Internet is now almost everywhere in the civilized and half-civilized world available. It's only a question of price and Quality of Service. In my home in Bangkok I suffered from an ever changing quality of my Internet connection. Sometimes it is excellent and sometimes extremely slow with almost unusable VoIP Telephony.
At those moments I observed a high packet loss using the Ping tool on my PC.
The DSL line is using ADSL2+ and I get about 15Mbps downlink and 1 Mbps uplink. It is connected to TOT's (Telephone Organization of Thailand) network. But the problems I am observing are certainly not on the DSL link, but in the network's backbone or international gateways. My first hop, from my ADSL router to the default gateway in TOT's network, is quite stable.
To get a better impression of my overall quality beyond my punctual observations, I started this little project.
The idea was to observe two indicators: packet loss and round trip time (RTT). Both are easily available with the Ping tool. A third interesting indicator would be the change of RTT over a serious of pings, e.g. the jitter. If this value is high, we are probably shortly before congestion somewhere on the way, as buffers are filling up. Using Pings end-to-end we can't tell were the problem lies. Is it on the way from the ping sending host to the destination, or somewhere on the return path? At the local ISP or the international carrier? We can't blame any part of the network with this simple test. We could drill further down, and ping specific routers on the path, which we could discover with the Traceroute tool. This is out of scope of this experiment and will be saved for later. Here I want to show how easily we can collect some interesting data and get a fact based view of the end-2-end quality we get, opposed to the subjective perception and punctual tests.
The Ping tool sends an ICMP (Internet Control Message Protocol) packet (Echo Request) to the remote host, which answers with an Echo Reply. The tool can detect the general reachability (if the remote host supports ping) and calculate the time between sending the ping packet and the reception of the reply, e.g. the RTT. IP is by definition not a reliable protocol and packets will simply be discarded, if they can't be forwarded within a specified time, or the waiting queue is full. Ping calculates the percentage of lost packets, e.g. no reply received, over a series of ping requests.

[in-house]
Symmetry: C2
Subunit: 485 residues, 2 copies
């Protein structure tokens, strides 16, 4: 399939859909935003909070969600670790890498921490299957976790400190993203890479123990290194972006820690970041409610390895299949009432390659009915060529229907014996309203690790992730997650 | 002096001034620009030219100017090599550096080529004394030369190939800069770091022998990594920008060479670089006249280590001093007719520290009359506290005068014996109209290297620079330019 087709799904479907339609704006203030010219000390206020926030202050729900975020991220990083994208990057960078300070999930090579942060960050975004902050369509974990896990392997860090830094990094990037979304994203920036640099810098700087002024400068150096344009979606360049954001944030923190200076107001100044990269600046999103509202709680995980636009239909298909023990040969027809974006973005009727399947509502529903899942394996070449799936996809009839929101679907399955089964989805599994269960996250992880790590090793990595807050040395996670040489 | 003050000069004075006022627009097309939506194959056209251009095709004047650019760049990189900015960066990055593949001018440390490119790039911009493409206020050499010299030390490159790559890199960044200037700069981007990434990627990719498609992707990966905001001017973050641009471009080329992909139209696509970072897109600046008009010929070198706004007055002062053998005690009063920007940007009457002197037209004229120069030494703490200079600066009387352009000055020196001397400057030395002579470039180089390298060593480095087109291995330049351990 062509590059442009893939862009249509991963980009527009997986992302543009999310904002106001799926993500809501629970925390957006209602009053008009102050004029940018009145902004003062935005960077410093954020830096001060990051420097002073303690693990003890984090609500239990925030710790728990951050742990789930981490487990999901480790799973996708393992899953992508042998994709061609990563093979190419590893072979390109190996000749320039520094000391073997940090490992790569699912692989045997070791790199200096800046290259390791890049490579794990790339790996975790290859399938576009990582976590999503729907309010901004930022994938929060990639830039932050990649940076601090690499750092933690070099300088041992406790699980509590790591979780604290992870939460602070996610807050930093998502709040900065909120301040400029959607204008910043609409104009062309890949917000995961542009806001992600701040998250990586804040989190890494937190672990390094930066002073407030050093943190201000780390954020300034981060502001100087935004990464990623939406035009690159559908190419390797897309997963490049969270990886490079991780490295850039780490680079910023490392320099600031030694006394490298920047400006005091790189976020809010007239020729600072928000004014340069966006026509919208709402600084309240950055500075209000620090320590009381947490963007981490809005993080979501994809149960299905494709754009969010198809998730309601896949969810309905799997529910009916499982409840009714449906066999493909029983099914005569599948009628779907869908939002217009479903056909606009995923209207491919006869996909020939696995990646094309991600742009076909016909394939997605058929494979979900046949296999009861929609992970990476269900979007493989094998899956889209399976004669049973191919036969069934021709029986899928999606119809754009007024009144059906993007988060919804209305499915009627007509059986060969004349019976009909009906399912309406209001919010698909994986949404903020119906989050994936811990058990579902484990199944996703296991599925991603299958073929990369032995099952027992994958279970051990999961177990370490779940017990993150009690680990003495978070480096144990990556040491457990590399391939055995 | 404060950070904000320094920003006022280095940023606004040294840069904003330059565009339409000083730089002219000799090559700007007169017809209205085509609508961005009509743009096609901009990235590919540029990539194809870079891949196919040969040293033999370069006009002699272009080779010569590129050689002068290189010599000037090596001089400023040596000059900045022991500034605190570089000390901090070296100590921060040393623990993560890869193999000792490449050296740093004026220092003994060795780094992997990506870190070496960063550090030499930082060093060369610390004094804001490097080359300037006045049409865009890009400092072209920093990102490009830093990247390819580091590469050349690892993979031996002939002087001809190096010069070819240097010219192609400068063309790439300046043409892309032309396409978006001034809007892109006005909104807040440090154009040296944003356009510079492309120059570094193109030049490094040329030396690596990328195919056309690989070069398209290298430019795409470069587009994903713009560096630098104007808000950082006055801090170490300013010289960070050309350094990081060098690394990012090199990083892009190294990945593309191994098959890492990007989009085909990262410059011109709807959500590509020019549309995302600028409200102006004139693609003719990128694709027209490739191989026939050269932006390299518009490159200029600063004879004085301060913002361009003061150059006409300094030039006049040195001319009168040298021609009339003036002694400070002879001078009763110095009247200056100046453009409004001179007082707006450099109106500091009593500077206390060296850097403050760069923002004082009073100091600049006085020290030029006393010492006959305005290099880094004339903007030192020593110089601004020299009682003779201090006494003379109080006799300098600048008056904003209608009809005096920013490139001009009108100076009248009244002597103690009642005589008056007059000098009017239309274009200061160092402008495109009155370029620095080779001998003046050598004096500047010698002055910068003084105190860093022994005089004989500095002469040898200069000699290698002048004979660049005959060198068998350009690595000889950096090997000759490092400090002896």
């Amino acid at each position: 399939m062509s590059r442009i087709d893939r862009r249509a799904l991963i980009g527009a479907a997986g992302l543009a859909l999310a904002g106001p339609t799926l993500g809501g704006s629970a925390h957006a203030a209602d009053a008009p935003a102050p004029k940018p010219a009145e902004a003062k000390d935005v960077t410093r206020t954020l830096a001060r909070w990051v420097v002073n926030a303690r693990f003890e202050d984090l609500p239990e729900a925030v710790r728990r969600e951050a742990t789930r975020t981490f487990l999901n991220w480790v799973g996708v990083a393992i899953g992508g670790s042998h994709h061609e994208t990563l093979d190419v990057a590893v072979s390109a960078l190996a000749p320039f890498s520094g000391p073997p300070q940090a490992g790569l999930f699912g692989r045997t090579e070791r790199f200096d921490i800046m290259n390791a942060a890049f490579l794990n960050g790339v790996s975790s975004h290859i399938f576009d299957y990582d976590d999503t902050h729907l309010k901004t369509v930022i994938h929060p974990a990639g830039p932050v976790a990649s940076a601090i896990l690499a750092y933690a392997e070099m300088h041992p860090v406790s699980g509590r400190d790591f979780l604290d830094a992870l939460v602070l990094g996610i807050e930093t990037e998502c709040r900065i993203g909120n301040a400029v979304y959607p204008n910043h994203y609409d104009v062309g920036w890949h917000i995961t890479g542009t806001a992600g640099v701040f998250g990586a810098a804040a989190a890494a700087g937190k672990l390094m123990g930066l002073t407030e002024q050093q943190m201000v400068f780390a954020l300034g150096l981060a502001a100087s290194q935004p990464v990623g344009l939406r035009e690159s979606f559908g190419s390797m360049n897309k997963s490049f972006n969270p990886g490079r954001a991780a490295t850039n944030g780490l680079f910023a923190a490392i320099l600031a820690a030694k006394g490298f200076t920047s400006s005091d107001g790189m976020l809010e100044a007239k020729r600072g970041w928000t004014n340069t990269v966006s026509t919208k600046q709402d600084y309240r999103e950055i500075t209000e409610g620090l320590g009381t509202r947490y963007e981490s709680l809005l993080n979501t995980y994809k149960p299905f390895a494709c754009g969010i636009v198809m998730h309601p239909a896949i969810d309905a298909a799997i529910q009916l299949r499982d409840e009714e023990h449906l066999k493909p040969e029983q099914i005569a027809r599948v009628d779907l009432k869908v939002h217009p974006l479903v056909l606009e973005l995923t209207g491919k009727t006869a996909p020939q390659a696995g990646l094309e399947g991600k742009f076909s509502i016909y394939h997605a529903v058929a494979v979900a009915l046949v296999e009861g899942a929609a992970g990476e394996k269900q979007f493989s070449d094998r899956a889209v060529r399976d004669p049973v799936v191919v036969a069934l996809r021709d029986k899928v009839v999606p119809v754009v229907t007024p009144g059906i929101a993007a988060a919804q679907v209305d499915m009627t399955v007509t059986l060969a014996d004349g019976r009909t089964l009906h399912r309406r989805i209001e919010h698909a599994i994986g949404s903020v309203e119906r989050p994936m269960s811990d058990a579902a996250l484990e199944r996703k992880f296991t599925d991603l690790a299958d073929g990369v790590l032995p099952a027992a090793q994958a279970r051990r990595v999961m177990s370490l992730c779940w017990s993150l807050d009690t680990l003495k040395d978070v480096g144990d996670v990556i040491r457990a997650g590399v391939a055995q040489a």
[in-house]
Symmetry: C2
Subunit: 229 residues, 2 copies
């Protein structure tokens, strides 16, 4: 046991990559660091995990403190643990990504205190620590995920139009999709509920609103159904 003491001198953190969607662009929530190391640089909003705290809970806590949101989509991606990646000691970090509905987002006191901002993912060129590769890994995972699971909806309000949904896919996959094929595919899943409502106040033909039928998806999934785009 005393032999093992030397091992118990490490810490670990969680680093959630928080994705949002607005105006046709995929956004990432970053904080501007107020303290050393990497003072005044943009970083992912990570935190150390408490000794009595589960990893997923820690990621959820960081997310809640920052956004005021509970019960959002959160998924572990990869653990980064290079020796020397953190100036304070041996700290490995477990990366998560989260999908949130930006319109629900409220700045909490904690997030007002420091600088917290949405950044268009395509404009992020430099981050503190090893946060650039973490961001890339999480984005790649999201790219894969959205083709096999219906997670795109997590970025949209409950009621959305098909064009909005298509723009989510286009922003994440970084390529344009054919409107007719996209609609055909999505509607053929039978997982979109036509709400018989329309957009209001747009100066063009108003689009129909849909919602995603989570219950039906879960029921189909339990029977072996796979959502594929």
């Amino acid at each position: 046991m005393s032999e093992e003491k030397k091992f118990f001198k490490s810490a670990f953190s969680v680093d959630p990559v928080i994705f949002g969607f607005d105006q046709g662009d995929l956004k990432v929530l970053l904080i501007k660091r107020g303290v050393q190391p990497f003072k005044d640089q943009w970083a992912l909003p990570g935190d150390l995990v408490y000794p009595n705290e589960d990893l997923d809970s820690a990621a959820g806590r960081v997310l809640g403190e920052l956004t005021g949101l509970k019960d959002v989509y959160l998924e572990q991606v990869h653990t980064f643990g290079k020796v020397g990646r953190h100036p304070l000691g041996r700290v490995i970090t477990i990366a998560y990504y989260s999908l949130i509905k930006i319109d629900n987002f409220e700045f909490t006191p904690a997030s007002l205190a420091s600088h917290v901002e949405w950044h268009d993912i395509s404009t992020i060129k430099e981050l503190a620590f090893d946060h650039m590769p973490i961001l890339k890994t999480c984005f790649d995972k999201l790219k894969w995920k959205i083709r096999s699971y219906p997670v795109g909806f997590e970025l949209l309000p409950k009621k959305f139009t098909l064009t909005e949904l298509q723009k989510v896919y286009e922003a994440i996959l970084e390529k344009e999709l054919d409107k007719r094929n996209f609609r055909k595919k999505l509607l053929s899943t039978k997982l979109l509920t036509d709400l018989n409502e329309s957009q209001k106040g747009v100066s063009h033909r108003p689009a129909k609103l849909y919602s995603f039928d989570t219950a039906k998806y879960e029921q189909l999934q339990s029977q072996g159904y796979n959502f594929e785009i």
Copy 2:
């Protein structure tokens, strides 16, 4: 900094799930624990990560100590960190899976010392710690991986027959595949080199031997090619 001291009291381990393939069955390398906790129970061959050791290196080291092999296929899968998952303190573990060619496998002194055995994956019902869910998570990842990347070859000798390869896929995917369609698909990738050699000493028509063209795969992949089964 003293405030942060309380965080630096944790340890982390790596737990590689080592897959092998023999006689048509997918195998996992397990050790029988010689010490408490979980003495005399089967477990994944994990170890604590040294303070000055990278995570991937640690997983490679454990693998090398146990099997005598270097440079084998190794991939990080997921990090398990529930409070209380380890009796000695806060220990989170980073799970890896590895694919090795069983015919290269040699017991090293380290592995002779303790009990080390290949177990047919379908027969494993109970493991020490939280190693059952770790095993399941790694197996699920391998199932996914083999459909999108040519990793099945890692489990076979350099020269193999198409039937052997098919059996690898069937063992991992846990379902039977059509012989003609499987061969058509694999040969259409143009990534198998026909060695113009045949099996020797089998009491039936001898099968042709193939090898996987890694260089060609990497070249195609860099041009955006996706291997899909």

root@host1:/home/stefan# ping -c 3 xxx.dyndns.org
PING xxx.dyndns.org (101.109.xxx.yyy) 56(84) bytes of data.
64 bytes from node-wmd.pool-101-109.dynamic.totbb.net (101.109.xxx.yyy): icmp_req=1 ttl=51 time=424 ms
64 bytes from node-wmd.pool-101-109.dynamic.totbb.net (101.109.xxx.yyy): icmp_req=2 ttl=51 time=401 ms
64 bytes from node-wmd.pool-101-109.dynamic.totbb.net (101.109.xxx.yyy): icmp_req=3 ttl=51 time=425 ms
--- xxx.dyndns.org ping statistics ---
3 packets transmitted, 3 received, 0% packet loss, time 2000ms
rtt min/avg/max/mdev = 401.592/417.013/425.134/10.922 ms
The tested connection is between a Host Europe server in Germany and an ADSL router in Bangkok connected to TOT's network.
I wrote a script to send 100 ping requests every 15 minutes and write time, average RTT and packet loss into a log file. Another script reads those data and generates daily graphs with the help of Gnuplot.
The scripts run on the Host Europe (HE) server.
One of the first results I have got is the following diagram. Actually a full calender day should be covered, but I had some problems with the time zones.
What we can observe here is that there were heavy problems after 12:00 with high packet losses over 20%. At around 14:00 the packet loss problem disappeared, but the RTT increased from 330ms to 430ms. Most probably the routing has changed at this time, avoiding a congested or erroneous route and using a longer but more reliable route. Around 16:00 another routing change happened and the RTT went down again to about 300ms.
This simple approach allows already a good assessment of the QoS and reliability of a specific connection over a defined period and tells much more than some isolated pings. Anyway, routing can change quickly and depends on the destination as well as operators decisions often based on carrier's interconnection fees, which probably also change over the day. The lowest seen RTT on this route was 240ms. Unfortunately I could enjoy this only for a few days and haven't seen this ever again.
My collection of ping data continues and live data of the connectivity between a Host Europe server in Germany and a TOT DSL line in Thailand can be seen here:
pingstat.bytebasket.com Update: Since I move to Germany, the live monitoring of my Thai DSL line is stopped.
Let me know if you are interested in the used scripts.
Update (23 Jan 2014)
I did not trust my DSL line, although error counters in the modem were all zero. So I collected the same data for the two segments separately 1) from DSL Router to the default gateway (first hop) and 2) from the server in Germany to the default gateway in TOT's network. Result: the RTT was quite consistent, the DSL adding a latency of about 17ms, but the e2e RTT graph looks basically the same with and without the DSL segment. But I found that the first segment (DSL+DSLAM) added quite a few lost packets to the end-2-end statistics. I have no idea yet were they get lost. It is also important to note that packet loss does not have any impact on the RTT presented by the Ping tool. Lost packets are simply ignored in the RTT summary. Just looking at RTT is not enough, there could be a lot of lost packets and RTT would still look fine.
To drill further down, the next step would be to use a bit more sophisticated tools such as Iperf.